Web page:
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Main positions:Vice President, Chinese Meteorological Society
School/Department:Dept. of Atmospheric and Oceanic Sciences

Yongyun Hu

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Alma Mater: University of Chicago

Research Interests

Current position: Home / Research Interests

    My research interests cover broad areas in present, past and planetary climates. We aim at studying fundamental and frontier problems of Earth and planetary climates. My philosophy is to treat the Earth climate as an integrated and dynamic system, which receives energy from solar radiation, dynamically evolves throughout fluid motions, and involves the interplay of the atmosphere and ocean with the interior of Earth. My approach to these problems is to combine observational data analyses, numerical simulations, and theoretical studies.

For the present-day climate, I am interested in how changes in atmospheric compositions due to human activities may lead to changes in atmospheric circulations and climate. Especially, I focus on climate dynamics of the troposphere, stratosphere, ozone layer, and their interaction.

I have great enthusiasm in deep-time paleoclimate. Through Earth's 4.6 billion-year history, the climate system had varied between cold and warm eras, such as the cold Paleoproterozoic and Neoproterozoic global ice ages (Snowball Earth) and the Cretaceous global warming. Our own Earth also experienced boring eras, such as the Boring Billion between 1.8 and 0.8 billion years ago. Studying climate changes in the past will not only benefit our understanding of the history of Earth evolution but also help our understanding of global climate changes at present.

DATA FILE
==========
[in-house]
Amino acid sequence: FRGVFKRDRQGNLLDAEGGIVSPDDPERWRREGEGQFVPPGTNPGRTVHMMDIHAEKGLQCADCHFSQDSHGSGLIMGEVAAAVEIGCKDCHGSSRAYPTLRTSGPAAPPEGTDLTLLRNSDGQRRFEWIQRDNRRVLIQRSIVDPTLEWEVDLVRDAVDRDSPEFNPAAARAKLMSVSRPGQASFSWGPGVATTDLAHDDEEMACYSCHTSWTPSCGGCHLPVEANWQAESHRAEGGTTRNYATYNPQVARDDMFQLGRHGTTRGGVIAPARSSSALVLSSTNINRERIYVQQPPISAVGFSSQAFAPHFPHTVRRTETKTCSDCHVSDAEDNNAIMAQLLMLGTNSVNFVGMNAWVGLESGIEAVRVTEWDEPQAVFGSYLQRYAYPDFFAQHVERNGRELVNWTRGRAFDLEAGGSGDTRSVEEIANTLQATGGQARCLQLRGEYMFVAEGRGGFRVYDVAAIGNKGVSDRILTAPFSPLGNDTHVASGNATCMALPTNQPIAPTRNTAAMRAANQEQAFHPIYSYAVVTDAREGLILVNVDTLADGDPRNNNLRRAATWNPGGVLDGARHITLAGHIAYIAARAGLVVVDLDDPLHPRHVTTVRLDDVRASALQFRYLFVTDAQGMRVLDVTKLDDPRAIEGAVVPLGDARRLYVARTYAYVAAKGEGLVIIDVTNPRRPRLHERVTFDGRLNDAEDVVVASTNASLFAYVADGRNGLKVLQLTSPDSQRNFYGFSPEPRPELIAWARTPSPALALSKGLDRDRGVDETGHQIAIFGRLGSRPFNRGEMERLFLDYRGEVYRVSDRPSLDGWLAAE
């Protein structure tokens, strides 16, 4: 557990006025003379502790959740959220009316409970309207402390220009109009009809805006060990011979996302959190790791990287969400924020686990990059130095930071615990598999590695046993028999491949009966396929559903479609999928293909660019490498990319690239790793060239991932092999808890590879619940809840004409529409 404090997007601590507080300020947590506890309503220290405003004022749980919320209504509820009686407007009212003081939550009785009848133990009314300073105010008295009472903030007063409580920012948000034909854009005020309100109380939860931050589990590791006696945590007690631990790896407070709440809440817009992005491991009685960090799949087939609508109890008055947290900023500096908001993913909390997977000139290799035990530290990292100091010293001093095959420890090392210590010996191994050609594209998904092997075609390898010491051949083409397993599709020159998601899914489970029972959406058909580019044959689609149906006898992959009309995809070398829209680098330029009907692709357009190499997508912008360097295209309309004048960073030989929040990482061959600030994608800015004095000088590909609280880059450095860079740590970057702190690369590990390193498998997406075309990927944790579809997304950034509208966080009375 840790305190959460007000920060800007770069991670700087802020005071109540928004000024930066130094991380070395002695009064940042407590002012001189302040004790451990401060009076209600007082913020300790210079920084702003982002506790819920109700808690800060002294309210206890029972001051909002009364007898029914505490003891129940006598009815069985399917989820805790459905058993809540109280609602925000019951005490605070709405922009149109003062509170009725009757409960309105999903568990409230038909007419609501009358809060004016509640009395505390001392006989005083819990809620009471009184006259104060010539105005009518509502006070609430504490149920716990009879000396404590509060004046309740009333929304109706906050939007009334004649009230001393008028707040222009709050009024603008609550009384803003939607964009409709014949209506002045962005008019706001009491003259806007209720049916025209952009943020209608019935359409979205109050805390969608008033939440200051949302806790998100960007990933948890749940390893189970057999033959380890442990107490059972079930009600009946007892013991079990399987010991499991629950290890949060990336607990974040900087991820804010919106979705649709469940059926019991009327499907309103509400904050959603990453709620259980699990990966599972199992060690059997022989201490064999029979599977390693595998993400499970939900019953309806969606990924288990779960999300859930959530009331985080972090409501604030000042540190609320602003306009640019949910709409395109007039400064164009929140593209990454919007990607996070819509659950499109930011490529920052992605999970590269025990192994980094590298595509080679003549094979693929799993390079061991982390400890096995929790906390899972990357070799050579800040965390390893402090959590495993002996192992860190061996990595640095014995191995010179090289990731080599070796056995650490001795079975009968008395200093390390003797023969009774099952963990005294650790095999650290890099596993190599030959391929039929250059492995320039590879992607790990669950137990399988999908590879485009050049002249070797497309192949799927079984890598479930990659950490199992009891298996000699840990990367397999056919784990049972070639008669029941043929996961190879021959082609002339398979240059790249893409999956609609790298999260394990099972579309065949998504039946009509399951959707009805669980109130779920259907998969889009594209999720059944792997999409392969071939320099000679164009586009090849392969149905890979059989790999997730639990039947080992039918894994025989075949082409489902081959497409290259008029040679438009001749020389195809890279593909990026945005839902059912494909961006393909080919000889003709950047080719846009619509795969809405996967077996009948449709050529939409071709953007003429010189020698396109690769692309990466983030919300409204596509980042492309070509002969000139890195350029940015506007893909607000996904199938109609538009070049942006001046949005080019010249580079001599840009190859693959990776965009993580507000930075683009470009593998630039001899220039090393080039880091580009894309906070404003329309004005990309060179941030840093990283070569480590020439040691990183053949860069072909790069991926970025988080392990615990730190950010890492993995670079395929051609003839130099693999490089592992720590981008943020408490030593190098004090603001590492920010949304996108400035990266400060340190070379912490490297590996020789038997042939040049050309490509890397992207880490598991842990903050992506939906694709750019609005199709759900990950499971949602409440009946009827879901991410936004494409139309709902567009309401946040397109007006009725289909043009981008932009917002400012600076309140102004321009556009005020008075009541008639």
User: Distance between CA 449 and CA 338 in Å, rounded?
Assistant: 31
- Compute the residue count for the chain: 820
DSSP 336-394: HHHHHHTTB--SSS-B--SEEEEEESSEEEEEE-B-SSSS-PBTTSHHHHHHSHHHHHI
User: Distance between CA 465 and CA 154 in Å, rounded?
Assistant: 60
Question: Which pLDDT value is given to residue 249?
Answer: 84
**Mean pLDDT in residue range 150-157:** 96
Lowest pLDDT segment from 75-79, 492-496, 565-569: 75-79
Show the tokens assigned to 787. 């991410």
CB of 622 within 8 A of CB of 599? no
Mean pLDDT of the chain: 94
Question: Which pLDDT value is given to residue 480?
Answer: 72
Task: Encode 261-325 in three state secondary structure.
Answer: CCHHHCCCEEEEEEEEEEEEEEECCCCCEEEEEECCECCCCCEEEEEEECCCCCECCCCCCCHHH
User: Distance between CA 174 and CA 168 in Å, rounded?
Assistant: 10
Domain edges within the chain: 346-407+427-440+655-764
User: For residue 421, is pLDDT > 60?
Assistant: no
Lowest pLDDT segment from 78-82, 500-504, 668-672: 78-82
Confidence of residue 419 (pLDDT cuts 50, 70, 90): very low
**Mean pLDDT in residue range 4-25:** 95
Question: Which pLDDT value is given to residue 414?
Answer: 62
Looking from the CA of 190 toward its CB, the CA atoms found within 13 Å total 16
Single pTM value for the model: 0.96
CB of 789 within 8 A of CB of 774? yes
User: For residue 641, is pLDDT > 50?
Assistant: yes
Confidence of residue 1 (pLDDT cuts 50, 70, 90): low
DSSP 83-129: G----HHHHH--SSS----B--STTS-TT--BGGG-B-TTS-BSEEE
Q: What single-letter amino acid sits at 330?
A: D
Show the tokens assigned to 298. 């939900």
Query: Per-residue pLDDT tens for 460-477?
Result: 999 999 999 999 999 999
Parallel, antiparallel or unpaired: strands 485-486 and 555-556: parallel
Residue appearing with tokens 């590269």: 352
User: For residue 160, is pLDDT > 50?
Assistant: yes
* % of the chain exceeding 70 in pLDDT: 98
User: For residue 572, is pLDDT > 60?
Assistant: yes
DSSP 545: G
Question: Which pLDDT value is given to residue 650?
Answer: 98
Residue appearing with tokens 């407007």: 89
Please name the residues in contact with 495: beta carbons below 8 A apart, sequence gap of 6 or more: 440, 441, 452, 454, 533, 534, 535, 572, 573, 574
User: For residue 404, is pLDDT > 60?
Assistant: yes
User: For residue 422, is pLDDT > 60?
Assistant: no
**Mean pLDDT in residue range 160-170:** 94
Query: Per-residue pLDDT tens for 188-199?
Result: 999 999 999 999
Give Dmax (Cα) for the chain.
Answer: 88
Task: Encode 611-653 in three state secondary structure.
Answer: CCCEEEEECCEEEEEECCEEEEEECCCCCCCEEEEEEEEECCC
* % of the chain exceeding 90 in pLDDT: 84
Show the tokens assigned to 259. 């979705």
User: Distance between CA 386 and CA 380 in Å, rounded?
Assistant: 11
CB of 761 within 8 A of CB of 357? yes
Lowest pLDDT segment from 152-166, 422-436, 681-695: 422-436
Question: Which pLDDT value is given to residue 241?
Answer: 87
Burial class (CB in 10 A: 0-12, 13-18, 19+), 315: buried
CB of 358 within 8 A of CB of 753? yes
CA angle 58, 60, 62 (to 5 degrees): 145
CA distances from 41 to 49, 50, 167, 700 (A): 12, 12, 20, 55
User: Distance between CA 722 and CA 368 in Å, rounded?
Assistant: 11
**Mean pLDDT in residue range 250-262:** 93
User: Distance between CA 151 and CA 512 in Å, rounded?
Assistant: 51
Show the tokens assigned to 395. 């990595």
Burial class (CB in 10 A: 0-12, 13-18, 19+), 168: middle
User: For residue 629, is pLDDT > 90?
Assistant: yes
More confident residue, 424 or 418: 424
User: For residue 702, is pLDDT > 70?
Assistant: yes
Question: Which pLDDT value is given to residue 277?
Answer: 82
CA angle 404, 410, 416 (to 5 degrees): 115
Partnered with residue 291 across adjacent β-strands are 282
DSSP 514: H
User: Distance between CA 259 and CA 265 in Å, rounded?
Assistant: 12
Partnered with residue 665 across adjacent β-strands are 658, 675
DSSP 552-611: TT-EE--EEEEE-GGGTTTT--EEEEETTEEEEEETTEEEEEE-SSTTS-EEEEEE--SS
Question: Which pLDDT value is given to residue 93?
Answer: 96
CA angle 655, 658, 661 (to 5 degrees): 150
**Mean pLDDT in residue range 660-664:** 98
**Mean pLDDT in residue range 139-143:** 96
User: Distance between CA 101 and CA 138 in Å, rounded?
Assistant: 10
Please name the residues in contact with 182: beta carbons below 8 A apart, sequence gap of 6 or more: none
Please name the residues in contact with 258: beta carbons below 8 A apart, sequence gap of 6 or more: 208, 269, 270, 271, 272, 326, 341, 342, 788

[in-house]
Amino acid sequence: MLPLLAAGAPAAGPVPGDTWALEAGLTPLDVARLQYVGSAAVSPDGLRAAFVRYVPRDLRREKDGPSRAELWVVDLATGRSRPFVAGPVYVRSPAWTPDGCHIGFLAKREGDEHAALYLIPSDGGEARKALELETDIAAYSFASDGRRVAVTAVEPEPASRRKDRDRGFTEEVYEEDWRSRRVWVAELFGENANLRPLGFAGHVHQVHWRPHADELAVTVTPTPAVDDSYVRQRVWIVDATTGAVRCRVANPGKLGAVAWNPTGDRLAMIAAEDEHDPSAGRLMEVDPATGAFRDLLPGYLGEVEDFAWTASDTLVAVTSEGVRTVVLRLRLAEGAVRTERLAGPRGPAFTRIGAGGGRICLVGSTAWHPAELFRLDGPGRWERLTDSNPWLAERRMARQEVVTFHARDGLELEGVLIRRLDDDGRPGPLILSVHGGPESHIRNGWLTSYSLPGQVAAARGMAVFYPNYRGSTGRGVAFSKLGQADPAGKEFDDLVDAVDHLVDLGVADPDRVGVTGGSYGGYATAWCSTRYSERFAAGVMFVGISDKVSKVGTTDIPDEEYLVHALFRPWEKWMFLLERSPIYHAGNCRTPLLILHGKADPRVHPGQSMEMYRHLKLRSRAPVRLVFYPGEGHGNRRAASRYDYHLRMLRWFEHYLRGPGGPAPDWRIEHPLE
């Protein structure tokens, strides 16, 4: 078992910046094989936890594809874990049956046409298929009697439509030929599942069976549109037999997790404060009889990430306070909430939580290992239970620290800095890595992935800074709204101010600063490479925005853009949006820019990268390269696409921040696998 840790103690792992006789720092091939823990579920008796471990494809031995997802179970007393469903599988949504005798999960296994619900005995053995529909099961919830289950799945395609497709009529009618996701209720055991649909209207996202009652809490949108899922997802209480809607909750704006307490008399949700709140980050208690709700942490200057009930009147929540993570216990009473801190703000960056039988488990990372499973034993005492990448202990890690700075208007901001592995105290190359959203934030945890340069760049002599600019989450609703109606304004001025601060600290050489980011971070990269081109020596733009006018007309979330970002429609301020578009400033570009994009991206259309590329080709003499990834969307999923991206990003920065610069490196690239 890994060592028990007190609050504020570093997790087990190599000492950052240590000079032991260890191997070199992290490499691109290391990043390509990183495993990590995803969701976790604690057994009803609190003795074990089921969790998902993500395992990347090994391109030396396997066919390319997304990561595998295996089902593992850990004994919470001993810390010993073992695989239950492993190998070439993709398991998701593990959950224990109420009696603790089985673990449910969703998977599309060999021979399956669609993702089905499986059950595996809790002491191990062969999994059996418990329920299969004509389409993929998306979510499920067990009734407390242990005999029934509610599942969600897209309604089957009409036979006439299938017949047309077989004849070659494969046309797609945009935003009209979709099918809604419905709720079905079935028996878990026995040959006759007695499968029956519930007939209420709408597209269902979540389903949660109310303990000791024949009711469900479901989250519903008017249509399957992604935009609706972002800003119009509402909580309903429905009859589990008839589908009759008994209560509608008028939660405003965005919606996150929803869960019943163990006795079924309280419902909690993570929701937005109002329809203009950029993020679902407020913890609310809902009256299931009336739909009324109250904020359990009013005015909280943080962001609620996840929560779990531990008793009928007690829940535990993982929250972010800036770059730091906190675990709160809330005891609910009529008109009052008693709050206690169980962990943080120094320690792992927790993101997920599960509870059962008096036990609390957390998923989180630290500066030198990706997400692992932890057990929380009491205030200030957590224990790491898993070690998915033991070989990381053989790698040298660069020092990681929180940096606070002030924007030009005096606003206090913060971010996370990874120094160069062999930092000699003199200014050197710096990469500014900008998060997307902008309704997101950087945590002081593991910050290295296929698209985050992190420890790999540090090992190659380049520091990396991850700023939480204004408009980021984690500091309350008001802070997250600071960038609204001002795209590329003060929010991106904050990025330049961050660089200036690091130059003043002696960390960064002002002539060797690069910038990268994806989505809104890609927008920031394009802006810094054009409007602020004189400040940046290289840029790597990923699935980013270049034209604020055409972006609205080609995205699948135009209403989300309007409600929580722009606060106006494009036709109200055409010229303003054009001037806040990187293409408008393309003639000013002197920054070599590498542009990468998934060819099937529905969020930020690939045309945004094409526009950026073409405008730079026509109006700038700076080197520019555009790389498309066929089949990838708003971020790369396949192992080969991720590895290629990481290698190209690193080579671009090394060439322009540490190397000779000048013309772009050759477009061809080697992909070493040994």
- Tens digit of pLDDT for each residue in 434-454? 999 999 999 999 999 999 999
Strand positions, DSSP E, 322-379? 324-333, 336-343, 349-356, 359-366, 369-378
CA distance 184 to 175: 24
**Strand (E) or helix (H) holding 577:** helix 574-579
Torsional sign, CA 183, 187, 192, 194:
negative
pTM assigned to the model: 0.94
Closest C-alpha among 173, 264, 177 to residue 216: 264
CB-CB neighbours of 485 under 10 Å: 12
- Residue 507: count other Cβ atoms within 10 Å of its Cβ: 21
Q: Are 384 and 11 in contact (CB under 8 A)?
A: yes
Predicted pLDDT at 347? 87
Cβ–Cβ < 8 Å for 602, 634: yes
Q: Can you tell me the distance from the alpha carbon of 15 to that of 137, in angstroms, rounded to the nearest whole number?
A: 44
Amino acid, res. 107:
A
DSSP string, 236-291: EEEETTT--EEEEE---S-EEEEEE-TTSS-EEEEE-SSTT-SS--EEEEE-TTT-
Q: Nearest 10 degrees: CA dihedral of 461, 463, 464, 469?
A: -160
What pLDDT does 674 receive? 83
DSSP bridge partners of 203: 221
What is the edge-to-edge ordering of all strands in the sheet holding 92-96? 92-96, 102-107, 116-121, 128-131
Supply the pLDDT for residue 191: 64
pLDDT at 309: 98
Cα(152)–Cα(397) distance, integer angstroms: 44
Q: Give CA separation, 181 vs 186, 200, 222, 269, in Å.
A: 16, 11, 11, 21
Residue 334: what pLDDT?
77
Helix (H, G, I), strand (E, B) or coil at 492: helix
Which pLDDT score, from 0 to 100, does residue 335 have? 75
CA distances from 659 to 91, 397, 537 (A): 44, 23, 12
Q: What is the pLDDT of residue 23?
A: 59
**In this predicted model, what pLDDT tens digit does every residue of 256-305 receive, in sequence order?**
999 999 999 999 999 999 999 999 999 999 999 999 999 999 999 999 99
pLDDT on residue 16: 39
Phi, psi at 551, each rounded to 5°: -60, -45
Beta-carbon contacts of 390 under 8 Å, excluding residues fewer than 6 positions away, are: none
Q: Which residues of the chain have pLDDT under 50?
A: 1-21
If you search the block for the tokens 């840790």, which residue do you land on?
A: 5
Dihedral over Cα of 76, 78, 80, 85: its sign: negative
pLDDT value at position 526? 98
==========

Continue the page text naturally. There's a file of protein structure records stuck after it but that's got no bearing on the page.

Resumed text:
Considering Earth as a planet, we would wonder why our own Earth maintains habitable, while Venus and Mars are uninhabitable. Some evidence suggests that liquid water ever existed over Venus and Mars in their early time. If it is true, Venus must experience runaway greenhouse, and Mars fell in runaway freezing some time ago. Studying climate changes over these planets benefits us in understanding Earth’s climate evolution in the deep-time history.

    Searching for habitable exoplanets and extra-solar life has been an intriguing dream for human. More than 4000 exoplanets have been discovered so far, and 10-20 are potentially habitable. The discoveries rises up great challenge to our traditional understanding of the formation of the solar system. How to determine the habitability of exoplanets, and how to detect extra-life? These are the questions that we have engaged in the past decade.